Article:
TPWD studies impact of alligator gar on bass

Published on Saturday, 28 June 2014 21:25 - Written by Steve Knight outdoor@tylerpaper.com

The only thing that has dropped more than the water level at Falcon Reservoir in South Texas has been the quality of bass fishing.

This is nothing new. As the region dries up the lake level falls 20, 30 or more feet at least once, maybe twice every decade, and with it goes one of the state’s best big bass fisheries. With ongoing drought conditions the lake is currently down about 30 feet, leaving the 83,600-acre reservoir only about 30 percent of its normal size.

Not long ago Falcon was producing 100-pound bass stringers and was arguably the best tournament bass lake in the state. Forty-pound-plus one day stringers were benchmarks, but with the low water level the bottom has fallen out.

And the blame game has begun. That isn’t new either, but after casting doubt on just about everything else over the last three decades locals this time around are blaming alligator gar.

The fishermen are saying the gar are eating the largemouth bass and not only want the one-fish daily gar limit changed, they want it eliminated. The fishermen are complaining to everyone that will listen, causing Texas Parks and Wildlife Department to take action and do another alligator gar research project this summer.

“What they are saying about gar impacting bass, it has never been shown to happen before, but no one has looked at it thoroughly. There was a study on (Sam) Rayburn in the 1980, and yes they had some bass in them,” said Randy Myers, TPWD Fisheries district biologist from San Antonio.

Myers said there is concern about the future of alligator gar as their numbers dwindle across much of the country. Texas got onboard with conserving the fish in 2009 when it adopted a one-fish daily bag limit. Restrictions were tightened even more this summer with the agency’s Executive Director given authority to temporarily close gar fishing on portions of rivers when water levels were prime for spawning activity in the spring.

However, Myers said much of the data being used came from Coastal Louisiana, and as it turns out there is not much comparison to South Texas.

“Things can be different and are different here,” Myers said of Falcon and other lakes in South Texas.

For example, while alligator gar numbers dip in other portions of the state, scientific studies and incidental information show they are up in lakes like Choke Canyon and Falcon.

Myers said during a trip last October to determine how researchers would collect the fish they brought 28 fish to shore. With just that small sample he said biologists learned the fish grow faster and sexually mature than what had been found during studies in Louisiana.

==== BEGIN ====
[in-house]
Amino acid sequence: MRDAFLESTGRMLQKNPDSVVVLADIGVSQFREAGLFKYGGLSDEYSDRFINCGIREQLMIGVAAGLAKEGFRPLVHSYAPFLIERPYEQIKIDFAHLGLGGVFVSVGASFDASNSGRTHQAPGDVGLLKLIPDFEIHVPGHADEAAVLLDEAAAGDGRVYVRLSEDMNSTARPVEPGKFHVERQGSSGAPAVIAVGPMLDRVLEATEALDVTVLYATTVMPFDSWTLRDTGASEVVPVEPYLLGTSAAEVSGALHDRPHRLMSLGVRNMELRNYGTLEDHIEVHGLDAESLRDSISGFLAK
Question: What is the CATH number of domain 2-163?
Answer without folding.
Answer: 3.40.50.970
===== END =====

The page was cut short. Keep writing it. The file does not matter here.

He added that along with stomach analysis this study is also attempting to answer other questions about alligator gar that aren’t clear. Some of the early results have been surprising.

“The gar here reached 100 pounds in five years, and we found females with eggs in them that were 3 to 5 years old. A fish that grows to 80 or 100 pounds is eating a lot,” he said.

Based on stomach analysis of the alligator gar captured this summer for the research the fish are growing rapidly on a varied diet that includes bass, catfish, carp, freshwater drum and gizzard shad. With at least one more collection planned, Myers isn’t ready to say if the gar are eating enough bass to impact the Falcon fishery.

Instead he cited three things that could be having a negative impact, habitat because of water level, the effect of fishing by non-tournament and tournament anglers and predation by gar.

“At this point we are not able to separate them. The one thing we do not understand is the amount of gar in the lake,” Myers explained.

However, reports from April’s survey of 80 gar the researchers found just one bass. However, they also reported most of the other gar had empty stomachs.

That is in contrast with a previous study on nearby Lake Guerrero in Mexico that showed about half of the gar captured had bass in their stomachs.

Harvest of bass is still popular at Falcon. Even guides condone it. However, using a creel survey on the lake from January to June Myers estimated fishermen only take between 14,000 and 20,000 fish a year.

With its history of falling and rising water levels, Falcon’s bass fishery has always bounced back. That includes in 1995 when the lake was down more than 40 feet and 2003 when it dropped 53 feet.

“Bass peaked in 2009 to 2011. We had great water level events. In 2008 the lake went over full and in 2010 it went over full. Those water level events came after the spawn, but a lot of water still remained in there in 2009 and 2011. Under high water events that habitat is the best bass habitat you can have,” Myers said.

Based on angler catches, however, this time bass numbers have not responded. Myers noted that doesn’t mean there wasn’t the expected production, but the fish are not being caught by fishermen if it did. At the same time, he added, it does look like alligator gar numbers did increase.

Myers said he is going to wait until September to comment on the study findings. By then he said three-quarters of the data should be completed. At that time he said he expects to make a recommendation either to maintain the one-fish alligator gar limit or for change to his supervisors.